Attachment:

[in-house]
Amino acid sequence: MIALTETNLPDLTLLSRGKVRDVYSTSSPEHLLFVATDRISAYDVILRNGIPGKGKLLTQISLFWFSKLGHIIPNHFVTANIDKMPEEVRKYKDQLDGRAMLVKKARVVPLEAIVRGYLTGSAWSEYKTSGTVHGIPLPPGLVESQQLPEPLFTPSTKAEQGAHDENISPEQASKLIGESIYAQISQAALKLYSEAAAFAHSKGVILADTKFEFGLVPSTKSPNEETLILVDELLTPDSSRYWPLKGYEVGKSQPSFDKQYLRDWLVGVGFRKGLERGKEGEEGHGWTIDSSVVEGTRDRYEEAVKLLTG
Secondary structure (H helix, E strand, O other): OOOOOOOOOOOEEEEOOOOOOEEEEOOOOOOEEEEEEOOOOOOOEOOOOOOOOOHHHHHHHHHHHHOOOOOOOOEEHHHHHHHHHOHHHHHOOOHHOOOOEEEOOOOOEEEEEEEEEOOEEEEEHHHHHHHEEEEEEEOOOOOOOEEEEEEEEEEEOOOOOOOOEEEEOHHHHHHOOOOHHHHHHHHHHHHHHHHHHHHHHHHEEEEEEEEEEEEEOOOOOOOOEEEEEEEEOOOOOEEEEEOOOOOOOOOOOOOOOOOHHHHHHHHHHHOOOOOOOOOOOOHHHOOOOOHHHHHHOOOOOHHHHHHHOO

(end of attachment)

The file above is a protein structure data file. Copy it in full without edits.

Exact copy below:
[in-house]
Amino acid sequence: MIALTETNLPDLTLLSRGKVRDVYSTSSPEHLLFVATDRISAYDVILRNGIPGKGKLLTQISLFWFSKLGHIIPNHFVTANIDKMPEEVRKYKDQLDGRAMLVKKARVVPLEAIVRGYLTGSAWSEYKTSGTVHGIPLPPGLVESQQLPEPLFTPSTKAEQGAHDENISPEQASKLIGESIYAQISQAALKLYSEAAAFAHSKGVILADTKFEFGLVPSTKSPNEETLILVDELLTPDSSRYWPLKGYEVGKSQPSFDKQYLRDWLVGVGFRKGLERGKEGEEGHGWTIDSSVVEGTRDRYEEAVKLLTG
Secondary structure (H helix, E strand, O other): OOOOOOOOOOOEEEEOOOOOOEEEEOOOOOOEEEEEEOOOOOOOEOOOOOOOOOHHHHHHHHHHHHOOOOOOOOEEHHHHHHHHHOHHHHHOOOHHOOOOEEEOOOOOEEEEEEEEEOOEEEEEHHHHHHHEEEEEEEOOOOOOOEEEEEEEEEEEOOOOOOOOEEEEOHHHHHHOOOOHHHHHHHHHHHHHHHHHHHHHHHHEEEEEEEEEEEEEOOOOOOOOEEEEEEEEOOOOOEEEEEOOOOOOOOOOOOOOOOOHHHHHHHHHHHOOOOOOOOOOOOHHHOOOOOHHHHHHOOOOOHHHHHHHOO